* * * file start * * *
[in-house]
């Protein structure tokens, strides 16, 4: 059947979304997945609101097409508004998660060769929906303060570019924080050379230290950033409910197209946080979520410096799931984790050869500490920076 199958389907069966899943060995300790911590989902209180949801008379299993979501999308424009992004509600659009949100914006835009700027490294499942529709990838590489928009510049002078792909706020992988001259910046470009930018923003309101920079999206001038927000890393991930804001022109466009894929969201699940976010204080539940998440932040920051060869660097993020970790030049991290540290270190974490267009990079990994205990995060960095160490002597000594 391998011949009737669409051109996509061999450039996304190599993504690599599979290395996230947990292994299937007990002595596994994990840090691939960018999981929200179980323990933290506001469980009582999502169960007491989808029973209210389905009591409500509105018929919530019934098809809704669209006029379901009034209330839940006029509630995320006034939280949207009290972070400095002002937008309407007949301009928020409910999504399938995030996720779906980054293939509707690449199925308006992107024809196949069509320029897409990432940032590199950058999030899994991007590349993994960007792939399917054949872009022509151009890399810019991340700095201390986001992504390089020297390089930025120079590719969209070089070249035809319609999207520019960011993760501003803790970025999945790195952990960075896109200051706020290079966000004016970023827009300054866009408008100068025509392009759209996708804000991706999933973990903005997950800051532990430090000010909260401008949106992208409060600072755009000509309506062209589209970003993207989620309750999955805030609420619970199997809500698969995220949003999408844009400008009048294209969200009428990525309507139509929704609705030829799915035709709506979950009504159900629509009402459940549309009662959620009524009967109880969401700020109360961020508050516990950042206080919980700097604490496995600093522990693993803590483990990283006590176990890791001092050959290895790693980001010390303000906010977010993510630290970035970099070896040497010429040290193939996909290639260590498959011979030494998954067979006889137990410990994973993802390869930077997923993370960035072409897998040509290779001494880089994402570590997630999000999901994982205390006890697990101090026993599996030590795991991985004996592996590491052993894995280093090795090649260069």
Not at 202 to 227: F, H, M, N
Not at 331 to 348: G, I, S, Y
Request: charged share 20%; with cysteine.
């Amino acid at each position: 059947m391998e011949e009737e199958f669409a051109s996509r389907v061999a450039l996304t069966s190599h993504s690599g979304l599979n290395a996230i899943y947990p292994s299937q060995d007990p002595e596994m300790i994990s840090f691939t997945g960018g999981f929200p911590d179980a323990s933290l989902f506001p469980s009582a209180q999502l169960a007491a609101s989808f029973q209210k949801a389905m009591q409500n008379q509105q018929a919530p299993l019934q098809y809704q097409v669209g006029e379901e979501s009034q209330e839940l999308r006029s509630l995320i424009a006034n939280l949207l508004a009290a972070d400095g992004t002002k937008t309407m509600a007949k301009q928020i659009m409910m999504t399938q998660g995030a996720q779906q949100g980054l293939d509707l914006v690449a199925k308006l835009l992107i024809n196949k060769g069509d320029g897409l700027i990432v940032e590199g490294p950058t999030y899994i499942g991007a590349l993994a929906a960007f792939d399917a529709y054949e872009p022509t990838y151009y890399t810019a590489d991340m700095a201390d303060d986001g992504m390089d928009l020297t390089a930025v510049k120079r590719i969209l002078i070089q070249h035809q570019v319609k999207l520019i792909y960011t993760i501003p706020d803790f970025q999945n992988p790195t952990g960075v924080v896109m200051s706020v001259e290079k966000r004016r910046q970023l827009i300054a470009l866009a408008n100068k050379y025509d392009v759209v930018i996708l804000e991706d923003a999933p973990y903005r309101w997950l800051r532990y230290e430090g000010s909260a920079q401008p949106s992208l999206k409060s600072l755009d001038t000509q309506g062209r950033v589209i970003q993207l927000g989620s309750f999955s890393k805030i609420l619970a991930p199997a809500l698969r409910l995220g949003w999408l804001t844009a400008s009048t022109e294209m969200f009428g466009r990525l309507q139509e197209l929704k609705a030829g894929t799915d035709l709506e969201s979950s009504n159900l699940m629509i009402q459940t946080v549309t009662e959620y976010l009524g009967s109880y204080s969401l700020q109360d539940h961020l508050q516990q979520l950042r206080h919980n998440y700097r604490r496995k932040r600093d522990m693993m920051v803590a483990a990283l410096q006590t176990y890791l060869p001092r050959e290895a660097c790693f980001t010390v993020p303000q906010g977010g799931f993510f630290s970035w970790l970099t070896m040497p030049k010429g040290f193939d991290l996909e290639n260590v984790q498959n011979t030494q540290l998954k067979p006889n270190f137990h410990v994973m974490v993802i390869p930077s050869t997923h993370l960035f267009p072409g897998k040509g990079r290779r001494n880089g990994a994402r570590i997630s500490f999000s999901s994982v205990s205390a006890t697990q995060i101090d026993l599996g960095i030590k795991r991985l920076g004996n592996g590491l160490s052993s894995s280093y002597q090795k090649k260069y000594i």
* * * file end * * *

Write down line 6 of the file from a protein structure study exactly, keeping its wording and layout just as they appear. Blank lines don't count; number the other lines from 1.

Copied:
């Amino acid at each position: 059947m391998e011949e009737e199958f669409a051109s996509r389907v061999a450039l996304t069966s190599h993504s690599g979304l599979n290395a996230i899943y947990p292994s299937q060995d007990p002595e596994m300790i994990s840090f691939t997945g960018g999981f929200p911590d179980a323990s933290l989902f506001p469980s009582a209180q999502l169960a007491a609101s989808f029973q209210k949801a389905m009591q409500n008379q509105q018929a919530p299993l019934q098809y809704q097409v669209g006029e379901e979501s009034q209330e839940l999308r006029s509630l995320i424009a006034n939280l949207l508004a009290a972070d400095g992004t002002k937008t309407m509600a007949k301009q928020i659009m409910m999504t399938q998660g995030a996720q779906q949100g980054l293939d509707l914006v690449a199925k308006l835009l992107i024809n196949k060769g069509d320029g897409l700027i990432v940032e590199g490294p950058t999030y899994i499942g991007a590349l993994a929906a960007f792939d399917a529709y054949e872009p022509t990838y151009y890399t810019a590489d991340m700095a201390d303060d986001g992504m390089d928009l020297t390089a930025v510049k120079r590719i969209l002078i070089q070249h035809q570019v319609k999207l520019i792909y960011t993760i501003p706020d803790f970025q999945n992988p790195t952990g960075v924080v896109m200051s706020v001259e290079k966000r004016r910046q970023l827009i300054a470009l866009a408008n100068k050379y025509d392009v759209v930018i996708l804000e991706d923003a999933p973990y903005r309101w997950l800051r532990y230290e430090g000010s909260a920079q401008p949106s992208l999206k409060s600072l755009d001038t000509q309506g062209r950033v589209i970003q993207l927000g989620s309750f999955s890393k805030i609420l619970a991930p199997a809500l698969r409910l995220g949003w999408l804001t844009a400008s009048t022109e294209m969200f009428g466009r990525l309507q139509e197209l929704k609705a030829g894929t799915d035709l709506e969201s979950s009504n159900l699940m629509i009402q459940t946080v549309t009662e959620y976010l009524g009967s109880y204080s969401l700020q109360d539940h961020l508050q516990q979520l950042r206080h919980n998440y700097r604490r496995k932040r600093d522990m693993m920051v803590a483990a990283l410096q006590t176990y890791l060869p001092r050959e290895a660097c790693f980001t010390v993020p303000q906010g977010g799931f993510f630290s970035w970790l970099t070896m040497p030049k010429g040290f193939d991290l996909e290639n260590v984790q498959n011979t030494q540290l998954k067979p006889n270190f137990h410990v994973m974490v993802i390869p930077s050869t997923h993370l960035f267009p072409g897998k040509g990079r290779r001494n880089g990994a994402r570590i997630s500490f999000s999901s994982v205990s205390a006890t697990q995060i101090d026993l599996g960095i030590k795991r991985l920076g004996n592996g590491l160490s052993s894995s280093y002597q090795k090649k260069y000594i």